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Crown Cruise Vacations | May 12, 2021

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Grand Classica Cruise: Murphy Bed a Nice Addition to my Ship Stateroom

Grand Classica Cruise: Murphy Bed a Nice Addition to my Ship Stateroom
Jackie Sheckler Finch

Christopher Murphy didn’t hesitate when asked what he liked best about his two-night cruise aboard the Grand Classica.

“The bed in the wall,” he answered quickly. “That’s where I’m sleeping. The ship man said it is called a Murphy Bed. But it wasn’t named after me.”

Actually, the bed is named for William Lawrence Murphy who applied for his first patents for the wall bed around 1900.

The story goes that Murphy was wooing an opera singer but couldn’t welcome her to his one-room San Francisco apartment. The moral code of the time forbade a woman entering a man’s bedroom.

To solve that problem, Murphy invented a foldup bed that could quickly convert his bedroom into a parlor and vice versa. The space-saving beds have seen a resurgence in popularity in the 2010s as folks seek to downsize to smaller homes or offer extra beds for returning adult children or guests.

My Grand Classica cabin also has a Murphy bed but the cabin attendant has never had to fold it down because I don’t need it. Launched in 1991, Grand Classica was built during a time when passenger comfort was a priority so staterooms are larger than on many newer ships.

A solo traveler for the two-night cruise from West Palm Beach to the Bahamas and back, I have a full-sized bed, desk, table and chair, phone, tabletop with flat screen TV and plenty of storage space.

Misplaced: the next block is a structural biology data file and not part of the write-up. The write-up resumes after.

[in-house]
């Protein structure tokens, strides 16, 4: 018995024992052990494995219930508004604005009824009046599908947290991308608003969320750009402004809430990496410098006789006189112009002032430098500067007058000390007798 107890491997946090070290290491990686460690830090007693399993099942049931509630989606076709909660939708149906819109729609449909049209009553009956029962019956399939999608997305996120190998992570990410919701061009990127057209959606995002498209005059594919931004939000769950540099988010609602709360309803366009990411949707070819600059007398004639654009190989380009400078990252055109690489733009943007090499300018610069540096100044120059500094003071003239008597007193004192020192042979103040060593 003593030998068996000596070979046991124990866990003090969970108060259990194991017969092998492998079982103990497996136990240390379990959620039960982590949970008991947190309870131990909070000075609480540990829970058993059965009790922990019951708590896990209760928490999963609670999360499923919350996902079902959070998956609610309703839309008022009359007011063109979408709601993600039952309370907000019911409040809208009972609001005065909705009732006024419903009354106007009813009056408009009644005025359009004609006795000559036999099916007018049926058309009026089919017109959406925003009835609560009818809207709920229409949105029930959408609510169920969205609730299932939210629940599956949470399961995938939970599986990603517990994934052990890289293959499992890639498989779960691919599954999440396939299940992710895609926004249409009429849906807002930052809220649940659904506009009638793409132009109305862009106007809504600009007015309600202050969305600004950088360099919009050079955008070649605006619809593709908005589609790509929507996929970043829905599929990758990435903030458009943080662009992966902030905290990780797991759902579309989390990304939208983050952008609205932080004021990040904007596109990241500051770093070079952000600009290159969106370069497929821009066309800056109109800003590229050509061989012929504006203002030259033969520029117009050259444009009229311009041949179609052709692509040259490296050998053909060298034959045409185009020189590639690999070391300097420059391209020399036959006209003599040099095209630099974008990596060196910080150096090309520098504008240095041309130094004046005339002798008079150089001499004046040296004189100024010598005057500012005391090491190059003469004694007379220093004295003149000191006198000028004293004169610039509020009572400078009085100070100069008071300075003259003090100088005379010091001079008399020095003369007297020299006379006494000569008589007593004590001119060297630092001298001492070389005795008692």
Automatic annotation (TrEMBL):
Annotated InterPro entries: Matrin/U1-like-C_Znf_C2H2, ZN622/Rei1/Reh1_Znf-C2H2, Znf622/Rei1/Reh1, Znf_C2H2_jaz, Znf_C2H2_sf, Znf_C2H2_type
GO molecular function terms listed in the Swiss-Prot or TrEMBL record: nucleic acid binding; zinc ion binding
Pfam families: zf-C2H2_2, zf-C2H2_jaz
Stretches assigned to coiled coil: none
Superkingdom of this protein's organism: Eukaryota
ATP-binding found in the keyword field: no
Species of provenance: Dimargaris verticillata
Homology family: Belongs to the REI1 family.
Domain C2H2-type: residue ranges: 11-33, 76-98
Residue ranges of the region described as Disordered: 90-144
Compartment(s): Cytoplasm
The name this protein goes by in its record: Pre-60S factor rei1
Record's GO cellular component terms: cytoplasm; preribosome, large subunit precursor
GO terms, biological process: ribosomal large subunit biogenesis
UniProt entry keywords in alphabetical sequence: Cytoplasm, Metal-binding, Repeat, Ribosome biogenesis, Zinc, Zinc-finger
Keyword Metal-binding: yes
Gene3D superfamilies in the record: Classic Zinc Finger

The color scheme is gold, orange and red with all-white bedcovers and four pillows. Nightstands are on each side of the bed and a cubby bookcase is under the porthole window.

                                NO BALCONY BUT A LARGE PORTHOLE

I always choose a balcony room when I can on a cruise ship but only 10 suites on Grand Classica Deck 10 have balconies. Mine has a porthole.

Remember that Grand Classica was constructed during an era when balconies weren’t a priority since many passengers preferred to spend most of their non-sleeping time outside of their cabins.

The porthole in my stateroom is large, letting in plenty of light during the day and giving me a nice view of the ocean. The porthole has a curtain that can be drawn over it for privacy and a large roll-down shade to block the light.

A colorful abstract painting with three deer is the only artwork in the cabin. It hangs over my bed. But it is enough.

My cabin has a large-enough closet and drawers – this is only a two-night cruise, for goodness sakes – plus a small fridge. I like having a fridge for cold water and Pepsi so that is a nice plus.

The bathroom is larger than expected with bottles of toiletries, bars of soap and gold-colored towels. The shower has a circular curtain rod and doesn’t feel cramped. The shower has strong water pressure and easy hot-water adjustment.

Many cruise ships have only trinkling water in the shower and it is often difficult to get the water as warm as I like it. But the Grand Classica is excellent on both of those counts.

It is also easy to adjust the temperature in my stateroom. It was too cool for me when I first arrived in the cabin but heated up quickly when I adjusted the thermostat from its initial 68 degrees.

The important thing my cabin lacks is enough electrical outlets. Remember again, this ship was built before passengers were traveling with so many electronic gadgets. The cabin has one 110-volt and one 220-volt outlet at the desk.

Since I travel with my laptop computer, iPhone and camera with a battery that needs charged, a multiple plug outlet is a necessity. The room has no clock so tuck a travel clock in your suitcase if you would like one beside the bed.

Each morning, my cabin attendant makes my bed, empties the trash, vacuums and leaves clean towels. In the evening, he turns down my bed, leaves a chocolate candy on the pillow and a copy of a four-page ship schedule detailing all the entertainment offerings for the next day.

Photos and story by Jackie Sheckler Finch